Regional Reviews: Albuquerque/Santa Fe
How the Other Half Loves
Odenbear Theatre's production of the 1970 British comedy by Alan Ayckbourn How the Other Half Loves is a delightand surprisingly relevant to the gender and class antagonisms that roil contemporary society. Ayckbourn, author of 81 plays, has won both the Olivier and Tony awards.
How the Other Half Loves is not an easy play to stage. The plot recounts the tribulations of three couples. One couple is middle aged, prosperous, upper class and genteel in the English manner. A second couple is rough, working class and young. The third couple socializes with the other two, attends dinner parties with both, and floats in and out of their houses.
The story transpires in the living rooms of two houses. The houses are linked by two phones, one chic and the other utilitarian, both prominently perched on a stool at center front stage. The two living rooms, with class-coded details of decor, are shown simultaneously on the stage, with characters entering and leaving, arguing and smooching, yelling and joking, fighting and knocking each other down in both houses at the same time. During one scene, two families host dinner parties on stage, with the trick that the dinner parties, although viewed simultaneously, actually occur on different nights.
It sounds like a bit of a mess, and in less able and experienced hands it probably could be. But Odenbear makes it work.
The comedy's success is due in no small part to three exceptionally experienced Taos residents. Jim Hatch is founder, Artistic Director and owner of Odenbear. A veteran teacher, director, producer and actor, he is a member of the Screen Actors Guild and Actors' Equity. He participated in the TV series "Better Call Saul" and "Longmire." Among his other tasks, he was in charge of set and lighting. Director Jane Ayles has taken charge of a number of plays not only for Odenbear but also Taos Onstage and The Space Theatre. Actor Joel Larson (as Frank Foster) studied with Chicago's famed Steppenwolf Theatre Company and has worked in many branches of the entertainment industry as actor, director and producer, in Hollywood and Las Vegas, among other places.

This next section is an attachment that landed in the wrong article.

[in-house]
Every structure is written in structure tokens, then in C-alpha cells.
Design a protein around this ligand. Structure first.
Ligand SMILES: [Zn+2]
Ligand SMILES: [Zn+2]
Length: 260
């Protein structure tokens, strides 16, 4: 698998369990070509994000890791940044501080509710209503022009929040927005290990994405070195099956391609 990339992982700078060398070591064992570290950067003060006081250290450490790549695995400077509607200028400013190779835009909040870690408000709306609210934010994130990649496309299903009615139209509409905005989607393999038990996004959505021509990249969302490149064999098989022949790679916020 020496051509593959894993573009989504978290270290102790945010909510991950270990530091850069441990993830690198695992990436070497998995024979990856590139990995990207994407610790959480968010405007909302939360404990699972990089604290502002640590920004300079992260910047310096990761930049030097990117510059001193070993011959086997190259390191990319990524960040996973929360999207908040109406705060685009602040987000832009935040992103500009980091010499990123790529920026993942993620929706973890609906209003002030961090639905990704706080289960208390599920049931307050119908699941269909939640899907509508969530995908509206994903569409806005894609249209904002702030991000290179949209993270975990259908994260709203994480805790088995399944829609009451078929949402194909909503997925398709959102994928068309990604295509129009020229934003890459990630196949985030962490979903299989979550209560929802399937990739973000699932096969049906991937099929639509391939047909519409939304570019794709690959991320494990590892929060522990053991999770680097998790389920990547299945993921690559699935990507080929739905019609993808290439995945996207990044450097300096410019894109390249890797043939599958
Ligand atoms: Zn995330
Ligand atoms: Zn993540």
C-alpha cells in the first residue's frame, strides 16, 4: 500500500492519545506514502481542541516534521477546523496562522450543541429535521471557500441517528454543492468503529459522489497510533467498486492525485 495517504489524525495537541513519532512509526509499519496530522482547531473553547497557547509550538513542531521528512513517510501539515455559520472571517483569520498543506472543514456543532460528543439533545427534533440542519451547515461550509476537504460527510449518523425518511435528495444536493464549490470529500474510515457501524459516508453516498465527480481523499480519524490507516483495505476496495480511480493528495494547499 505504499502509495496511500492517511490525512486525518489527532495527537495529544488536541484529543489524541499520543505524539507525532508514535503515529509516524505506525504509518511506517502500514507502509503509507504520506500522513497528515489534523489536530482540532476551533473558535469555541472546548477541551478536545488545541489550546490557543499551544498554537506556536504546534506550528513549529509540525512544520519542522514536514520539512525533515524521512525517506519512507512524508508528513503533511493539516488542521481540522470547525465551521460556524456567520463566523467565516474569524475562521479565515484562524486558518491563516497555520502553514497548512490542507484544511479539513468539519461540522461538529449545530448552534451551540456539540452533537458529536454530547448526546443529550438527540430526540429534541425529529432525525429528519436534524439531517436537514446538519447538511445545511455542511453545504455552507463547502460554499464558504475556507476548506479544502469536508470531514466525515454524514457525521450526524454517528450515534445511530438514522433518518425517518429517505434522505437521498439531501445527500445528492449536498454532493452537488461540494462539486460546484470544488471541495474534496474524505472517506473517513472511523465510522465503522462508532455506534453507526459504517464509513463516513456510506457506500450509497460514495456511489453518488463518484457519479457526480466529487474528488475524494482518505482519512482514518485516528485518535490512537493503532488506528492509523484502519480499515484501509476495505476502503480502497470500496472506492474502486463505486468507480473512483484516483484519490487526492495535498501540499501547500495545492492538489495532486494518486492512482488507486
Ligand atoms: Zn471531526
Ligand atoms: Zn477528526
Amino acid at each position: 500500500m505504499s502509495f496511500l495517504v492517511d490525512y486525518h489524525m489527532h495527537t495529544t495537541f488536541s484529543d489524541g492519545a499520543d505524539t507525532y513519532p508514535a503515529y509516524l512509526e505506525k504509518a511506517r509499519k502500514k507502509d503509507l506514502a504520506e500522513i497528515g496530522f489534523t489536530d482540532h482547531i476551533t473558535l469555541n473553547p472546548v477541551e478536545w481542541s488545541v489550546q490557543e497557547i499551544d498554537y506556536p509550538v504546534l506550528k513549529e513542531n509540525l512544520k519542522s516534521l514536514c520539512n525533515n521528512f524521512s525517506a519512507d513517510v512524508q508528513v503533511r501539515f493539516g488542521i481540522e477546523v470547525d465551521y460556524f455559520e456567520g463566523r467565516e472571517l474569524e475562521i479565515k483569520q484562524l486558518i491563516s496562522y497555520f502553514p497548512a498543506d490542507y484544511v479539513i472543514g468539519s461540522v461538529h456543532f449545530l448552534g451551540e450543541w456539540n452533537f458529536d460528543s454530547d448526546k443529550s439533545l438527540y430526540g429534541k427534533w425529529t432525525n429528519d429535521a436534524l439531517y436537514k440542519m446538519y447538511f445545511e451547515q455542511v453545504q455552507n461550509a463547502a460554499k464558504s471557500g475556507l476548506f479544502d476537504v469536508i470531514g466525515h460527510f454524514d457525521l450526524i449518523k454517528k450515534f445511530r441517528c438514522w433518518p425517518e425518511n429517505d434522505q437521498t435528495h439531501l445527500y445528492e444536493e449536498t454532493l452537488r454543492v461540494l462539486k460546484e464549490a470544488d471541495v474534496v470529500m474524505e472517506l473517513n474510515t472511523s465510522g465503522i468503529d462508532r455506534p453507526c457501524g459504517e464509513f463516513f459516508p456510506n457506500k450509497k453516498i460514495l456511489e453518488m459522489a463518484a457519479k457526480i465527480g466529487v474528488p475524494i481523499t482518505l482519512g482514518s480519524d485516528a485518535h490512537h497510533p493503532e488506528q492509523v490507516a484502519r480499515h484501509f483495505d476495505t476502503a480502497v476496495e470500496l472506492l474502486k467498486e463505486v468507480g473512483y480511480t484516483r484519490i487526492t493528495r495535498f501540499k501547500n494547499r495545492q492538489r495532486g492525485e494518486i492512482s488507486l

However, the five less experienced members of the cast and the supporting staff contribute immeasurably. Linda Stokes (Frank Larson's wife Fiona Foster) has appeared in several Taos plays and is a soloist with the Taos Gospel Choir. Christopher Heron is Bob Phillips, the working-class husband, and Savannah Holden is Bob's wife Terry. The program notes that Holden "wandered into Taos in 2014 and hasn't been able to call anywhere else home since"an old New Mexico story.
The third couple the Featherstones are what make the plot work, upsetting the careful balance of class and gender that previously enabled the other two couples to navigate their lives on a relatively even keel. Nick Broder, a social worker, is making his first appearance on stage as William Featherstone. Sabina Jones (Mary Featherstone) is a senior at Taos High School. Both clearly have an acting future ahead of them.
Without giving away the convoluted plot, I can say that the story involves what may or may not be love affairs between various characters. False leads laid down by the characters misdirect not only each other but also the audience. Satire is ubiquitous and sometimes scathing in depicting gender roles of women and men. Although the play was written nearly half a century ago and takes place in southern England, much of it could have happened last night in Albuquerque.
How the Other Half Loves continues Wednesday-Saturday at 7:30 p.m. and Sunday at 4 p.m. through March 19, 2017. For information and tickets call 575-770-5591 or go to odenbeartheatre.com. The play is performed at the Metta Theatre, 1470 Paseo del Pueblo N, Taos NM, about 10 minutes north of the Taos Plaza.